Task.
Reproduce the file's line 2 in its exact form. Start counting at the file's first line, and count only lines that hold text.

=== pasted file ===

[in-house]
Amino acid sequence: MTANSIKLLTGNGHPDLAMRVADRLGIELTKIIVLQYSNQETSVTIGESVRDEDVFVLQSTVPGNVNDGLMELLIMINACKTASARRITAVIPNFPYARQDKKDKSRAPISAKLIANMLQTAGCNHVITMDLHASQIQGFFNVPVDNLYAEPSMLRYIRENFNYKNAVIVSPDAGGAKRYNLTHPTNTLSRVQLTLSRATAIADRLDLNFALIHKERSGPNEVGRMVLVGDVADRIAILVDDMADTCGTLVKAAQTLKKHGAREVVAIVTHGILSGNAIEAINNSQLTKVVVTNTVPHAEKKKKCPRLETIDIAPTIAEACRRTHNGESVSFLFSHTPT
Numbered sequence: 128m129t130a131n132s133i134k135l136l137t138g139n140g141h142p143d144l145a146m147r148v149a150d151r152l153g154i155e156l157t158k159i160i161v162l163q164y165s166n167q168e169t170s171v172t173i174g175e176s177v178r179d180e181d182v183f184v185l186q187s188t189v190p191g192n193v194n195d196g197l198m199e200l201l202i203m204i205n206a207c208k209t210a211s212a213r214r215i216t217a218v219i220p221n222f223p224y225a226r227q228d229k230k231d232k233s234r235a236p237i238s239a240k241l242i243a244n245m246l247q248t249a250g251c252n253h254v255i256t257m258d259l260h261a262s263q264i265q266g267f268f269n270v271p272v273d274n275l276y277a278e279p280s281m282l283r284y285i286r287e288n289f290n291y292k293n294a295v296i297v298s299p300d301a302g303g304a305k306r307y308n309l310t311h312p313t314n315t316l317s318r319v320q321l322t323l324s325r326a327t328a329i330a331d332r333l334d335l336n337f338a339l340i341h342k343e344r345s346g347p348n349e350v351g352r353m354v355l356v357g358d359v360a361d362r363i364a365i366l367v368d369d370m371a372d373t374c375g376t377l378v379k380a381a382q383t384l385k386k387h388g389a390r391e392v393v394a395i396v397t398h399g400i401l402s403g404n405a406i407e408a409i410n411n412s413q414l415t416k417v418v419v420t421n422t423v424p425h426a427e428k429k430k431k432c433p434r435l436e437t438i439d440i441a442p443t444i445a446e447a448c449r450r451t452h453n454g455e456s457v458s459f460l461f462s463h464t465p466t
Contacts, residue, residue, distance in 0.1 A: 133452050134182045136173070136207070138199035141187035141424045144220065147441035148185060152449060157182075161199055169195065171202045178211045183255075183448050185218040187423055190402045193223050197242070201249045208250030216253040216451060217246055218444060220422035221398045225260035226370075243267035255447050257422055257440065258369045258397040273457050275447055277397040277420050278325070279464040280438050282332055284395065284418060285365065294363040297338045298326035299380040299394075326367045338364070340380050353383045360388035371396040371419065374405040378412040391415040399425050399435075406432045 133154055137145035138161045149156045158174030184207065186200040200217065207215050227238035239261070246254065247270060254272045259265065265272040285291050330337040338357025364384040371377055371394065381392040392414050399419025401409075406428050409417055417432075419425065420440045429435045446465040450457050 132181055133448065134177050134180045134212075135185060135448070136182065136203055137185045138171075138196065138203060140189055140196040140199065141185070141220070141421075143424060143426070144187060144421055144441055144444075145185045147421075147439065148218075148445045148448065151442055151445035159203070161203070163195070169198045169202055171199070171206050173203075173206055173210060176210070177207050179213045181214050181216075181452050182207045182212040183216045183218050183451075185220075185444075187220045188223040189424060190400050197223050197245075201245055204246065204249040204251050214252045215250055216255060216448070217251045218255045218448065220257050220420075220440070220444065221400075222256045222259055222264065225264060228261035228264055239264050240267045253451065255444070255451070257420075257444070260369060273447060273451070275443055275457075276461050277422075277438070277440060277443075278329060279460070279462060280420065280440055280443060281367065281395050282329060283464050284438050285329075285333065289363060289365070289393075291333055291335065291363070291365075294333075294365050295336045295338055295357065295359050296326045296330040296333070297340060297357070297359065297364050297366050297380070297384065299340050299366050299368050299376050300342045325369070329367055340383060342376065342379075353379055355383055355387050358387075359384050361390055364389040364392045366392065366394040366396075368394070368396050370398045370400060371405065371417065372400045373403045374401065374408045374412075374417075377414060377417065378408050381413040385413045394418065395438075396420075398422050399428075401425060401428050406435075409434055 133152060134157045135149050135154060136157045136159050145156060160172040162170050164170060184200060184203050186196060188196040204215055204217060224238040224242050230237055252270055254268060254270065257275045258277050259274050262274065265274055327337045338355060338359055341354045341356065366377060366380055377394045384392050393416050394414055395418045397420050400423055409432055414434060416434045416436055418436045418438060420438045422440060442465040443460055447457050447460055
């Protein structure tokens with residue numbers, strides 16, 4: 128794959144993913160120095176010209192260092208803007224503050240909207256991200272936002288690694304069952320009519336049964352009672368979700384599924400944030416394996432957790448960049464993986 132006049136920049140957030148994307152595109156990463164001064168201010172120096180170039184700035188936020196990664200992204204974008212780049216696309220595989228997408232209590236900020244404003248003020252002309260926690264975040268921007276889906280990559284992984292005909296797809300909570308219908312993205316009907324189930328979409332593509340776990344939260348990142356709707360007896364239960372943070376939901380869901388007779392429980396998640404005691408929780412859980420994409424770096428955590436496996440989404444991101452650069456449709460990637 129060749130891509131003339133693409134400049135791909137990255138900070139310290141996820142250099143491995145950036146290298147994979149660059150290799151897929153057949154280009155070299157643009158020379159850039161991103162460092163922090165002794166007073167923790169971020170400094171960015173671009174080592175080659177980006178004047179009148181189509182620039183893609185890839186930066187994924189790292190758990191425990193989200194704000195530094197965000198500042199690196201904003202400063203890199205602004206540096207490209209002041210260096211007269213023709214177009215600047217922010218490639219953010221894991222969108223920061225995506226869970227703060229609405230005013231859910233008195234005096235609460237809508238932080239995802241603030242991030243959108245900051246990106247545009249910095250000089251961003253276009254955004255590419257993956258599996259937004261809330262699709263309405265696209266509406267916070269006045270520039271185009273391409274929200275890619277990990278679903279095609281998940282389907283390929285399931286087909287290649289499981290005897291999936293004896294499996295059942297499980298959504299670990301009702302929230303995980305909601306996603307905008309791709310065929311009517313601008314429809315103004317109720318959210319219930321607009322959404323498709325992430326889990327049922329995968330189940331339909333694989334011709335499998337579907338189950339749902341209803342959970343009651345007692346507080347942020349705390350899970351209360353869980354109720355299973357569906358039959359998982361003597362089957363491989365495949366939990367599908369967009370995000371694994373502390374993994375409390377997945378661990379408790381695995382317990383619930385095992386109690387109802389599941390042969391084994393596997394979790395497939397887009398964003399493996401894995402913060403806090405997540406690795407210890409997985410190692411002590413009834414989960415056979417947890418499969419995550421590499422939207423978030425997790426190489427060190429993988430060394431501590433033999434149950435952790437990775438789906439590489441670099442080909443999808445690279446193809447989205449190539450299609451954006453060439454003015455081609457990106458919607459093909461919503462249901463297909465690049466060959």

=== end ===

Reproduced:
Amino acid sequence: MTANSIKLLTGNGHPDLAMRVADRLGIELTKIIVLQYSNQETSVTIGESVRDEDVFVLQSTVPGNVNDGLMELLIMINACKTASARRITAVIPNFPYARQDKKDKSRAPISAKLIANMLQTAGCNHVITMDLHASQIQGFFNVPVDNLYAEPSMLRYIRENFNYKNAVIVSPDAGGAKRYNLTHPTNTLSRVQLTLSRATAIADRLDLNFALIHKERSGPNEVGRMVLVGDVADRIAILVDDMADTCGTLVKAAQTLKKHGAREVVAIVTHGILSGNAIEAINNSQLTKVVVTNTVPHAEKKKKCPRLETIDIAPTIAEACRRTHNGESVSFLFSHTPT